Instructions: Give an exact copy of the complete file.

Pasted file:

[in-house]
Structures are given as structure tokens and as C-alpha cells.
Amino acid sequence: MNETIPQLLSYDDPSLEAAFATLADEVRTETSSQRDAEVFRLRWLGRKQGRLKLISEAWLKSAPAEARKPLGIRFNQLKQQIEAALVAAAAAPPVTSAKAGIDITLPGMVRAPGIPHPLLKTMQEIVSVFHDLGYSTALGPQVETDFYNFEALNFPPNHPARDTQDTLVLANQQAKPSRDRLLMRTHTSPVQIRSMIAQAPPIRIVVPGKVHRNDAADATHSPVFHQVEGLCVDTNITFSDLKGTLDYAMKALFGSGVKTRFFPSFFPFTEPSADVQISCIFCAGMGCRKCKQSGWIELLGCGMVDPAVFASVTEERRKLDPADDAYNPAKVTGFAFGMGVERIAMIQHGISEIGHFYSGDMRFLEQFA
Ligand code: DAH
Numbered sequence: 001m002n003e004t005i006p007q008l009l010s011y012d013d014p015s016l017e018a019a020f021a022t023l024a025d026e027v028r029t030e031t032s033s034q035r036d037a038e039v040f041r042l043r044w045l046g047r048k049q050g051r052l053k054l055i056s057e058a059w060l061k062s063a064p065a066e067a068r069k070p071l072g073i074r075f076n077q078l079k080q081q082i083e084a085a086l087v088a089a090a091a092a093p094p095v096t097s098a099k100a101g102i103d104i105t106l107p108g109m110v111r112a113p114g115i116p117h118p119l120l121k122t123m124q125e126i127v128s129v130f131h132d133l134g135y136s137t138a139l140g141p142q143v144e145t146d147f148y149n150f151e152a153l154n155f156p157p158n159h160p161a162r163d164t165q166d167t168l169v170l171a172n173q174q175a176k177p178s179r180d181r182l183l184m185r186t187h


[in-house]
Structures are given as structure tokens and as C-alpha cells.
Amino acid sequence: MNETIPQLLSYDDPSLEAAFATLADEVRTETSSQRDAEVFRLRWLGRKQGRLKLISEAWLKSAPAEARKPLGIRFNQLKQQIEAALVAAAAAPPVTSAKAGIDITLPGMVRAPGIPHPLLKTMQEIVSVFHDLGYSTALGPQVETDFYNFEALNFPPNHPARDTQDTLVLANQQAKPSRDRLLMRTHTSPVQIRSMIAQAPPIRIVVPGKVHRNDAADATHSPVFHQVEGLCVDTNITFSDLKGTLDYAMKALFGSGVKTRFFPSFFPFTEPSADVQISCIFCAGMGCRKCKQSGWIELLGCGMVDPAVFASVTEERRKLDPADDAYNPAKVTGFAFGMGVERIAMIQHGISEIGHFYSGDMRFLEQFA
Ligand code: DAH
Numbered sequence: 001m002n003e004t005i006p007q008l009l010s011y012d013d014p015s016l017e018a019a020f021a022t023l024a025d026e027v028r029t030e031t032s033s034q035r036d037a038e039v040f041r042l043r044w045l046g047r048k049q050g051r052l053k054l055i056s057e058a059w060l061k062s063a064p065a066e067a068r069k070p071l072g073i074r075f076n077q078l079k080q081q082i083e084a085a086l087v088a089a090a091a092a093p094p095v096t097s098a099k100a101g102i103d104i105t106l107p108g109m110v111r112a113p114g115i116p117h118p119l120l121k122t123m124q125e126i127v128s129v130f131h132d133l134g135y136s137t138a139l140g141p142q143v144e145t146d147f148y149n150f151e152a153l154n155f156p157p158n159h160p161a162r163d164t165q166d167t168l169v170l171a172n173q174q175a176k177p178s179r180d181r182l183l184m185r186t187h